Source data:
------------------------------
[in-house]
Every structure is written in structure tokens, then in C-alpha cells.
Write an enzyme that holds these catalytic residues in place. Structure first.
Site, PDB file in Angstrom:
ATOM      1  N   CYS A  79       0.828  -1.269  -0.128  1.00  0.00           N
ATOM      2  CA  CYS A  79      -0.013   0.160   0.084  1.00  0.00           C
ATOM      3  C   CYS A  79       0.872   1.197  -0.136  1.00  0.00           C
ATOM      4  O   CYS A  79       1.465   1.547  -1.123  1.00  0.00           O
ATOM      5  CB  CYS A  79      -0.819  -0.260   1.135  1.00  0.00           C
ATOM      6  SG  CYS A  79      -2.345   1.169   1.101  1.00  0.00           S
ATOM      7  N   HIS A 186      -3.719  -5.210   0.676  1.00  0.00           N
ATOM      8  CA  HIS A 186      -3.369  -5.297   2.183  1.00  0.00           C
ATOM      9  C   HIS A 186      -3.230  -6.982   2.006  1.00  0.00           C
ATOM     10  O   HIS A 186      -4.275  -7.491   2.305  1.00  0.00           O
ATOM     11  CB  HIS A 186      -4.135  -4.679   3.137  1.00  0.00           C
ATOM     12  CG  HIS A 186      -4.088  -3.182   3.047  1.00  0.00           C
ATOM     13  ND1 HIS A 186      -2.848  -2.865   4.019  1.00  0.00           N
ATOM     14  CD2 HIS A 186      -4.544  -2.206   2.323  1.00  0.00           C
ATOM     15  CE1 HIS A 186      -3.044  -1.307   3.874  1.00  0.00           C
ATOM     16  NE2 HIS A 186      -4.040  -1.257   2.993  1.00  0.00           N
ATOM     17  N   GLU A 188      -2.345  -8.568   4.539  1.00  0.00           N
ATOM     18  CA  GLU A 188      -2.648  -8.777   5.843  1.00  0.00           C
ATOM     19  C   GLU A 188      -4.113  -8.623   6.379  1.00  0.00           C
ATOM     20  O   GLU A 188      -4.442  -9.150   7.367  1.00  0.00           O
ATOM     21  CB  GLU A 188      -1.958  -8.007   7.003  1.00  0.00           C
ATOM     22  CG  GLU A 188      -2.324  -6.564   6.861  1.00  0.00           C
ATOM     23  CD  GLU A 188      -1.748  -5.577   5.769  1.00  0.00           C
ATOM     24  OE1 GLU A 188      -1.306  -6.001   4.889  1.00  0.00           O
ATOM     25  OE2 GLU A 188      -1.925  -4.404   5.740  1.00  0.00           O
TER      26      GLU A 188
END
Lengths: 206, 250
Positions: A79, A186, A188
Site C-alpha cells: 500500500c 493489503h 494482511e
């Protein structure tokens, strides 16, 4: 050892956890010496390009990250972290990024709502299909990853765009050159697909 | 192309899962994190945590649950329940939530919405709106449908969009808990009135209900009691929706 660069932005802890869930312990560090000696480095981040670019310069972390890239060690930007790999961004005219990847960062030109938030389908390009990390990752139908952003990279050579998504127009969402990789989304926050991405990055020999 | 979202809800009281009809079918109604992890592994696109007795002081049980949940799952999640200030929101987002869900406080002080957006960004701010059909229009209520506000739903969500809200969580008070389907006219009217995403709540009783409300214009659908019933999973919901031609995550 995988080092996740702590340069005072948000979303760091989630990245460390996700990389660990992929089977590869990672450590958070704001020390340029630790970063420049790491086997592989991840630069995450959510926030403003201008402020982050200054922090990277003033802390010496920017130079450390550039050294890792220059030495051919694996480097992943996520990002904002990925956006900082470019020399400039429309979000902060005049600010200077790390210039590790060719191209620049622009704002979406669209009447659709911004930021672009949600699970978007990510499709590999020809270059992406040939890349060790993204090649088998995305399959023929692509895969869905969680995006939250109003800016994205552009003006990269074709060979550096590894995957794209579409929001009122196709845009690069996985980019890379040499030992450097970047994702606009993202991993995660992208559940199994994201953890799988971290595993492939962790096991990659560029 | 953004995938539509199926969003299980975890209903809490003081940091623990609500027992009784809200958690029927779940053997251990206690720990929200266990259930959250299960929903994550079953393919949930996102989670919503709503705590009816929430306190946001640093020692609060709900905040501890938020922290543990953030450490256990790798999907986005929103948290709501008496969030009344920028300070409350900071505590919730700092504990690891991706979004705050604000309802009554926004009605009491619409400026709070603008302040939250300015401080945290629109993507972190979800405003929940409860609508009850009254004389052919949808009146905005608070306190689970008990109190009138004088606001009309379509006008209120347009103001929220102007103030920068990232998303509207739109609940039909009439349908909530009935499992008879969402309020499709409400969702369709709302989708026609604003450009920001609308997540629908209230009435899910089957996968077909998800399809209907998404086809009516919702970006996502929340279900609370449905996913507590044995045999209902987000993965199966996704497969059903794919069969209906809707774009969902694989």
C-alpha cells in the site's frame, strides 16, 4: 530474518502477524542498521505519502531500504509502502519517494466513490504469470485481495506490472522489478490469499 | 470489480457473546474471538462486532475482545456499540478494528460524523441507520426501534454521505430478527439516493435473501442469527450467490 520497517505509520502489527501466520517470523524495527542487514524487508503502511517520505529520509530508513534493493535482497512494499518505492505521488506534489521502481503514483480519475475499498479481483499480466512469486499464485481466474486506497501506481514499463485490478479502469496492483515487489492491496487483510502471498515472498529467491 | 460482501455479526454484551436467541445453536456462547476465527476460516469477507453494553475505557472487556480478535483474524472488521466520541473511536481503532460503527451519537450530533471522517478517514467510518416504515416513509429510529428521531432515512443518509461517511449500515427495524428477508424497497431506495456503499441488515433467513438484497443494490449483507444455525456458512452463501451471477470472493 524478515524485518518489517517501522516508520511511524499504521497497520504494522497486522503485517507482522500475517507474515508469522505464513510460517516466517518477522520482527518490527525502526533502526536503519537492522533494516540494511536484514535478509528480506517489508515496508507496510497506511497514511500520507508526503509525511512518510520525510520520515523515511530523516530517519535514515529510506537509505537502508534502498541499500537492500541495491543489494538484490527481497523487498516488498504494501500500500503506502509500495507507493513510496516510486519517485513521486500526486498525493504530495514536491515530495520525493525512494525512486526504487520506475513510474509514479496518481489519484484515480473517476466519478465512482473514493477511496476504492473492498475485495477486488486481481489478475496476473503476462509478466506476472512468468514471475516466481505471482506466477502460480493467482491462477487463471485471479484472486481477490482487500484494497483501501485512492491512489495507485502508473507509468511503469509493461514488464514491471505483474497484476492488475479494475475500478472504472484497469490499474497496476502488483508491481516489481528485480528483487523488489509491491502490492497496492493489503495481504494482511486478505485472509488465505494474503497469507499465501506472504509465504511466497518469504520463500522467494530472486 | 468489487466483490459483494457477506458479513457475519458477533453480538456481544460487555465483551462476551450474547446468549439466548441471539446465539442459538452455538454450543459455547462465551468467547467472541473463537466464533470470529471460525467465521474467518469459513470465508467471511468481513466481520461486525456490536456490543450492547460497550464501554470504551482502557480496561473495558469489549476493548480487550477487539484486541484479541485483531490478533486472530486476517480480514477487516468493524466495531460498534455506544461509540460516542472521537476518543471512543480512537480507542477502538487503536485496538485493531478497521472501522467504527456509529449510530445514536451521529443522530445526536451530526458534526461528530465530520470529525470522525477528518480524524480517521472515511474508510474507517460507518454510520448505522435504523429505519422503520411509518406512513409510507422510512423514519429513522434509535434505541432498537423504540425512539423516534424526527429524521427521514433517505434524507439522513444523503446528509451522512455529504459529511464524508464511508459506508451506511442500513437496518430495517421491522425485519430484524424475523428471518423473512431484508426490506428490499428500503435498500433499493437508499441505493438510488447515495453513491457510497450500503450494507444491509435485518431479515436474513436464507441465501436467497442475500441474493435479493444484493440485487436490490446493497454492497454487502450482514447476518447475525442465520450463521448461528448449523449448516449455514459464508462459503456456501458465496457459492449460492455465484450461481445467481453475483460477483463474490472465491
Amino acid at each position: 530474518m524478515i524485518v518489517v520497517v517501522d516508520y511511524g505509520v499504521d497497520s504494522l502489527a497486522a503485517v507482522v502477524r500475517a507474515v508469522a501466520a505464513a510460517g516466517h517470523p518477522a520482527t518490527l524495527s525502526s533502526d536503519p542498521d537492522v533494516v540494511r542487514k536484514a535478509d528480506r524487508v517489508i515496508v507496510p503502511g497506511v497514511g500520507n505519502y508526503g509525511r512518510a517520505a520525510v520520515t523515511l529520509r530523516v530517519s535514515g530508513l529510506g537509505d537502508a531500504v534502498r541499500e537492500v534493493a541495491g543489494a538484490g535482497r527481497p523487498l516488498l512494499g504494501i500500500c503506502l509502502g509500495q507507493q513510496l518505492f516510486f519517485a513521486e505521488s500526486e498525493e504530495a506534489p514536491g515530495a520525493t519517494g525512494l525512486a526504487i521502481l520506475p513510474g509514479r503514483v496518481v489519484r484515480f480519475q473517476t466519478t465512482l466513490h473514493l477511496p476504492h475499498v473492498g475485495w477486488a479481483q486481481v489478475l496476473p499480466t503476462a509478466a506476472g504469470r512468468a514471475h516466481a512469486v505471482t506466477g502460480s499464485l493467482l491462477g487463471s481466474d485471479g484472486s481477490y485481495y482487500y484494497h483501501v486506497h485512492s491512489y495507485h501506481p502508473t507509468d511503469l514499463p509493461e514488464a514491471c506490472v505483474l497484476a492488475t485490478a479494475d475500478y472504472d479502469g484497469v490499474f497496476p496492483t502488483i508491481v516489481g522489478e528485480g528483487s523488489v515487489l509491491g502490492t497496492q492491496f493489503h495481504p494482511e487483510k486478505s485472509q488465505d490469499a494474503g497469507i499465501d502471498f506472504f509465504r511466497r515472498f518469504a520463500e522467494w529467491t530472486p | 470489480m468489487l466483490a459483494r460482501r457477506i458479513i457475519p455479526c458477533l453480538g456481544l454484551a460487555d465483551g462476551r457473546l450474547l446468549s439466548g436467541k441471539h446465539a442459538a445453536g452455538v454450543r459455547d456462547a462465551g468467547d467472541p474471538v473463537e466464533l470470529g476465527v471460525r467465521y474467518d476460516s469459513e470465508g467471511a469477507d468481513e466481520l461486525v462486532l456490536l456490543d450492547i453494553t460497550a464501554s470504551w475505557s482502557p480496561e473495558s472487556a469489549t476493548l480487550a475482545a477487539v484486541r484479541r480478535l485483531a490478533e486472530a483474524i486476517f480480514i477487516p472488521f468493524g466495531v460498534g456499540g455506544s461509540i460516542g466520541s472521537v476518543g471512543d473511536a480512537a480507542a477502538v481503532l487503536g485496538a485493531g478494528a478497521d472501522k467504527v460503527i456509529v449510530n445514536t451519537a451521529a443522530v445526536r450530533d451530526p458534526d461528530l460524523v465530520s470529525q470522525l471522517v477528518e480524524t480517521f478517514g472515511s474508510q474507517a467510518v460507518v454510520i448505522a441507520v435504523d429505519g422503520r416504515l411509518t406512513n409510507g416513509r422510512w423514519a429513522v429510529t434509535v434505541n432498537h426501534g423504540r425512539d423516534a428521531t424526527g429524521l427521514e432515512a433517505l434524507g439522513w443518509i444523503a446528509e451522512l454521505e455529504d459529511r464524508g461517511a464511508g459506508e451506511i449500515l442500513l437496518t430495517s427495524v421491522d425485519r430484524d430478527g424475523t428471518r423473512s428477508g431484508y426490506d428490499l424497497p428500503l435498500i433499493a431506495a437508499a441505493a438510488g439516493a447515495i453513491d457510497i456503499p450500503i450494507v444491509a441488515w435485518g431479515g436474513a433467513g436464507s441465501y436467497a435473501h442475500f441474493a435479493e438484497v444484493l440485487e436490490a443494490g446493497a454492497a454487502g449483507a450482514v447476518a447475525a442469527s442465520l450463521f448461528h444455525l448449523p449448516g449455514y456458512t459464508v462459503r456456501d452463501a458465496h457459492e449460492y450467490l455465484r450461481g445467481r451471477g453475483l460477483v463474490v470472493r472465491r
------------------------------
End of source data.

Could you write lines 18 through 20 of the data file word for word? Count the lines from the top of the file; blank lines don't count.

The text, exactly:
ATOM     14  CD2 HIS A 186      -4.544  -2.206   2.323  1.00  0.00           C
ATOM     15  CE1 HIS A 186      -3.044  -1.307   3.874  1.00  0.00           C
ATOM     16  NE2 HIS A 186      -4.040  -1.257   2.993  1.00  0.00           N